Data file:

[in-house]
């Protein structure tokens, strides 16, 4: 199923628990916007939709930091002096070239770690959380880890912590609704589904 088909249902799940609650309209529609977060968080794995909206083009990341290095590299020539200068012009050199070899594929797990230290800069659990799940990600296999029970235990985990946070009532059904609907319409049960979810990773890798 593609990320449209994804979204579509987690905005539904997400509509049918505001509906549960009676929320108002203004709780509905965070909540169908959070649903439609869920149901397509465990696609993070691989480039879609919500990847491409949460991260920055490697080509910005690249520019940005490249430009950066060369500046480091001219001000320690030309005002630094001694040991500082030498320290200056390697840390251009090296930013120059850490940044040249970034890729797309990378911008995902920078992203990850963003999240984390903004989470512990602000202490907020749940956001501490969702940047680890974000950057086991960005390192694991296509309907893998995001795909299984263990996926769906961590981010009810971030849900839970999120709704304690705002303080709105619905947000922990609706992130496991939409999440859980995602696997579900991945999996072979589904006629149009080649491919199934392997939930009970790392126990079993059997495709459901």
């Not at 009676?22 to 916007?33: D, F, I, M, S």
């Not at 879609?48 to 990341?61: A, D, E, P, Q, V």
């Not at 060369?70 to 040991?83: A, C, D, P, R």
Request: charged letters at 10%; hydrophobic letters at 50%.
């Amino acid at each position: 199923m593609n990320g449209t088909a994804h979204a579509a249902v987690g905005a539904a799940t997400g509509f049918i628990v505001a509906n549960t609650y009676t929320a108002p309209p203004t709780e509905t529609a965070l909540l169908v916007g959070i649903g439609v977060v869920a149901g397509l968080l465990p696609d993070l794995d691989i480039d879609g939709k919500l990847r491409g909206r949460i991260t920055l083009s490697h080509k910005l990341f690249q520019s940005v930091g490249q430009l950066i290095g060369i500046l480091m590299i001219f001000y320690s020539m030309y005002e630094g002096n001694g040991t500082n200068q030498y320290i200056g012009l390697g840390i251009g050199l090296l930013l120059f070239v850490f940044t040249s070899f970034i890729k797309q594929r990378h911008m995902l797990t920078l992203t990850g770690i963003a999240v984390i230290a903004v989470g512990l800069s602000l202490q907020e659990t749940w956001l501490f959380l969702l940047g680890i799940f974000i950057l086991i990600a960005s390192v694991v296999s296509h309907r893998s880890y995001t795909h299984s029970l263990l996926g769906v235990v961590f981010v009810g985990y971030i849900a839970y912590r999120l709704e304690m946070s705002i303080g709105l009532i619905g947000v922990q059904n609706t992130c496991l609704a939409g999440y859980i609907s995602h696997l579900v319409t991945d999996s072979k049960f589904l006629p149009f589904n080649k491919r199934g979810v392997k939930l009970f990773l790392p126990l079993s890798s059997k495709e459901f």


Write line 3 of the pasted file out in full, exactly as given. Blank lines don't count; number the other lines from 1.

């Not at 009676?22 to 916007?33: D, F, I, M, S």